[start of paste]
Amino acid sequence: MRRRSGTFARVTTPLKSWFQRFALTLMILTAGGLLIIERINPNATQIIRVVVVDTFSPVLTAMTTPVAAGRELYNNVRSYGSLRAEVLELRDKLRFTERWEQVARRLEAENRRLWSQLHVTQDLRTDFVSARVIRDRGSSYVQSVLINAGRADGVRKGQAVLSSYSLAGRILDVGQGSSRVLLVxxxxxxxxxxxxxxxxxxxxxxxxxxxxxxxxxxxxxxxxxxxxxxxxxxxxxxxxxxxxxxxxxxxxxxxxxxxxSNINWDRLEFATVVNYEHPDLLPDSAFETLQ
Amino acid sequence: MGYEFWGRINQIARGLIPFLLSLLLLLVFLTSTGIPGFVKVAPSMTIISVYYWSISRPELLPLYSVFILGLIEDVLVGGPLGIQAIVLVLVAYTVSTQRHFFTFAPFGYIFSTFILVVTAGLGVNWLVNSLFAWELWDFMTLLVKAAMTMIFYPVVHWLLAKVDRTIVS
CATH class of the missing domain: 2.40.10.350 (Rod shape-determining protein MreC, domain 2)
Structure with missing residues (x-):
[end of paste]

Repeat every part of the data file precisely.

Amino acid sequence: MRRRSGTFARVTTPLKSWFQRFALTLMILTAGGLLIIERINPNATQIIRVVVVDTFSPVLTAMTTPVAAGRELYNNVRSYGSLRAEVLELRDKLRFTERWEQVARRLEAENRRLWSQLHVTQDLRTDFVSARVIRDRGSSYVQSVLINAGRADGVRKGQAVLSSYSLAGRILDVGQGSSRVLLVxxxxxxxxxxxxxxxxxxxxxxxxxxxxxxxxxxxxxxxxxxxxxxxxxxxxxxxxxxxxxxxxxxxxxxxxxxxxSNINWDRLEFATVVNYEHPDLLPDSAFETLQ
Amino acid sequence: MGYEFWGRINQIARGLIPFLLSLLLLLVFLTSTGIPGFVKVAPSMTIISVYYWSISRPELLPLYSVFILGLIEDVLVGGPLGIQAIVLVLVAYTVSTQRHFFTFAPFGYIFSTFILVVTAGLGVNWLVNSLFAWELWDFMTLLVKAAMTMIFYPVVHWLLAKVDRTIVS
CATH class of the missing domain: 2.40.10.350 (Rod shape-determining protein MreC, domain 2)
Structure with missing residues (x-):